Q: I would like your perspective on ghosting. I met “Rose” four years ago in college. We kept in touch even after she transferred to a different college. Despite a six-year age difference, we’ve always gotten along and talked almost every day. Then, two weeks ago, Rose stopped answering my texts. I tried calling, emailing, Facebooking and even Instagram messaging, with no response. I got worried and contacted a mutual friend; he said she’s fine and has maintained contact with him. I’m baffled. We didn’t have a fight, and I can’t think of a reason for Rose to cut me off. I miss her. Do you have any advice?
Wondering in Washington
A: Not really — which is exactly the point and power of ghosting. You have no recourse. You just text and dwell and fret and twist yourself into progressively sadder knots.
I see ghosting (and other silent treatments) as weak, cowardly and cruel, except when necessary to escape dangerous relationships safely. By caring, we empower people to hurt our feelings; ghosting abuses that power.
Someone capable of such an epic failure of maturity was going to let you down at some point — either over this mystery conflict or another, more scrutable one; either by ghosting or by noisier means; either in the near future or the distant one. People who can’t handle direct communication when they’re upset about something also can’t handle a close, long-term friendship.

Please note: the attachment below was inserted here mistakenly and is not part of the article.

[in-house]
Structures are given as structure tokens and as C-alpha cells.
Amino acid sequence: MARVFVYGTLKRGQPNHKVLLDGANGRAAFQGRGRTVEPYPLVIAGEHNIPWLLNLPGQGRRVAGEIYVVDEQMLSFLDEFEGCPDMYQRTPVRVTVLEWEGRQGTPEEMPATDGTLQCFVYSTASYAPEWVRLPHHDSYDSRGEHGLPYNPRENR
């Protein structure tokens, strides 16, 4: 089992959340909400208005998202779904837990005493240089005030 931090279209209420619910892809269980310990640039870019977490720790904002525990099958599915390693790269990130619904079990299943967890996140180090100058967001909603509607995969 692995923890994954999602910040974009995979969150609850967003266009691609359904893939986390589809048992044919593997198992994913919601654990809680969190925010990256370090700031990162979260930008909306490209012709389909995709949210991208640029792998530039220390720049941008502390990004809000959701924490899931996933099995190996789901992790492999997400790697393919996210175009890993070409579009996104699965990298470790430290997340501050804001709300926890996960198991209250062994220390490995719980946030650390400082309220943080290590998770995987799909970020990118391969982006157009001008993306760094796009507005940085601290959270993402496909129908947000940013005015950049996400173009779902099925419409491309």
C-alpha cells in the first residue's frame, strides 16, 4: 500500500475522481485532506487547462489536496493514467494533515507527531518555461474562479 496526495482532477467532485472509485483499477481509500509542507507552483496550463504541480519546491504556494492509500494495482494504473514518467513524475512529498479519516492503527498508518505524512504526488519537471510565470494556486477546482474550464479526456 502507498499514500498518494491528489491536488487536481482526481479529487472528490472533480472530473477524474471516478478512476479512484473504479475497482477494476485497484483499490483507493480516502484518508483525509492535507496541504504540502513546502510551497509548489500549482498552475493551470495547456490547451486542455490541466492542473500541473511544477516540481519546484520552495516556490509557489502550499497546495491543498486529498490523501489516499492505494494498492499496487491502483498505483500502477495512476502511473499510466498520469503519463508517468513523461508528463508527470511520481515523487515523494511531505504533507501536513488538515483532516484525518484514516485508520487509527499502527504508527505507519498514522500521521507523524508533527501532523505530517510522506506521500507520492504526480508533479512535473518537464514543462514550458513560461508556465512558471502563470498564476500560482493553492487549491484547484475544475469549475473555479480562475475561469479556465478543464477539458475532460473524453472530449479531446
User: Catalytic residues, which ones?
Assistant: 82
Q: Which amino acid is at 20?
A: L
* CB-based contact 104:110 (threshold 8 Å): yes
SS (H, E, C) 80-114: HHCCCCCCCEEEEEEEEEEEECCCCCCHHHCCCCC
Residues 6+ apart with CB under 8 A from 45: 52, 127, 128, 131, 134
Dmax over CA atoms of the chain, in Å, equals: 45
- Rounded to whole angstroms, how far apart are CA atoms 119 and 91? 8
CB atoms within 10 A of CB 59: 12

The exception is if she comes around and admits, with apologies, that she was wrong to vanish without explanation and wrong to believe that even a valid grievance justified harming you so. If she does express such regrets, then be ready to hear her out calmly on whatever started it all.
Q: For personal reasons, we don’t drink alcoholic beverages, and we don’t buy them. Nearly all our friends enjoy wine, beer and spirits. When we host dinner parties, I feel unsettled not providing the beverages our guests enjoy. Should we compromise and buy alcohol for guests, or include BYOB in invitations, or do nothing? We’ve been nondrinkers for 10 years, and some still seem uncomfortable with our decision. We don’t care what others drink or don’t drink, as long as driving isn’t part of the equation.
A: It’s not your job to make people comfortable with your abstention. It’s also not your job to serve something you don’t partake of yourself.
Guests who can’t enjoy one dinner party without a drink have bigger problems than your menu.
Since you “don’t actually care,” and since a host’s job is to entertain guests, why not offer the BYOB option? Life is hard enough; when elegant solutions exist, I say avail yourself.
Washington Post Writers Group